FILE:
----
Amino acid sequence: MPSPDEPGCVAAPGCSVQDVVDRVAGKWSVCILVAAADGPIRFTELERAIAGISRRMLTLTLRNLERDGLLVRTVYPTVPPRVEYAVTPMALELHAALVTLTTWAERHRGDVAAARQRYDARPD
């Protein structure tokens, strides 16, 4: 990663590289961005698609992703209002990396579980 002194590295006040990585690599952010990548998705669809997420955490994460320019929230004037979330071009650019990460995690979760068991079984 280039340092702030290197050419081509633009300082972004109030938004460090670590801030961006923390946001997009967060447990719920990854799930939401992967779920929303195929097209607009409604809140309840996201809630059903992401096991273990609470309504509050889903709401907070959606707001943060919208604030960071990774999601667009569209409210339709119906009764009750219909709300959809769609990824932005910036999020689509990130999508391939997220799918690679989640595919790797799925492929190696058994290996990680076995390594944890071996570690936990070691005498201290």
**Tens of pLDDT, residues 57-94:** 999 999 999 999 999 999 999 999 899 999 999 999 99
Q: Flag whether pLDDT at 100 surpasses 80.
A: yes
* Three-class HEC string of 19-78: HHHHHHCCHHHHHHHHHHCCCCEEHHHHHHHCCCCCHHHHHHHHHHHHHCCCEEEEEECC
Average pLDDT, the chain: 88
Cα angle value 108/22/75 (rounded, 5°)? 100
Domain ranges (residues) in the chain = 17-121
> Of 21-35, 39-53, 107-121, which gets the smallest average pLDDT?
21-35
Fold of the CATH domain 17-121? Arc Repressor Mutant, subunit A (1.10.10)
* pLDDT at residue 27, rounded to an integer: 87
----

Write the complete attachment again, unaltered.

Amino acid sequence: MPSPDEPGCVAAPGCSVQDVVDRVAGKWSVCILVAAADGPIRFTELERAIAGISRRMLTLTLRNLERDGLLVRTVYPTVPPRVEYAVTPMALELHAALVTLTTWAERHRGDVAAARQRYDARPD
């Protein structure tokens, strides 16, 4: 990663590289961005698609992703209002990396579980 002194590295006040990585690599952010990548998705669809997420955490994460320019929230004037979330071009650019990460995690979760068991079984 280039340092702030290197050419081509633009300082972004109030938004460090670590801030961006923390946001997009967060447990719920990854799930939401992967779920929303195929097209607009409604809140309840996201809630059903992401096991273990609470309504509050889903709401907070959606707001943060919208604030960071990774999601667009569209409210339709119906009764009750219909709300959809769609990824932005910036999020689509990130999508391939997220799918690679989640595919790797799925492929190696058994290996990680076995390594944890071996570690936990070691005498201290």
**Tens of pLDDT, residues 57-94:** 999 999 999 999 999 999 999 999 899 999 999 999 99
Q: Flag whether pLDDT at 100 surpasses 80.
A: yes
* Three-class HEC string of 19-78: HHHHHHCCHHHHHHHHHHCCCCEEHHHHHHHCCCCCHHHHHHHHHHHHHCCCEEEEEECC
Average pLDDT, the chain: 88
Cα angle value 108/22/75 (rounded, 5°)? 100
Domain ranges (residues) in the chain = 17-121
> Of 21-35, 39-53, 107-121, which gets the smallest average pLDDT?
21-35
Fold of the CATH domain 17-121? Arc Repressor Mutant, subunit A (1.10.10)
* pLDDT at residue 27, rounded to an integer: 87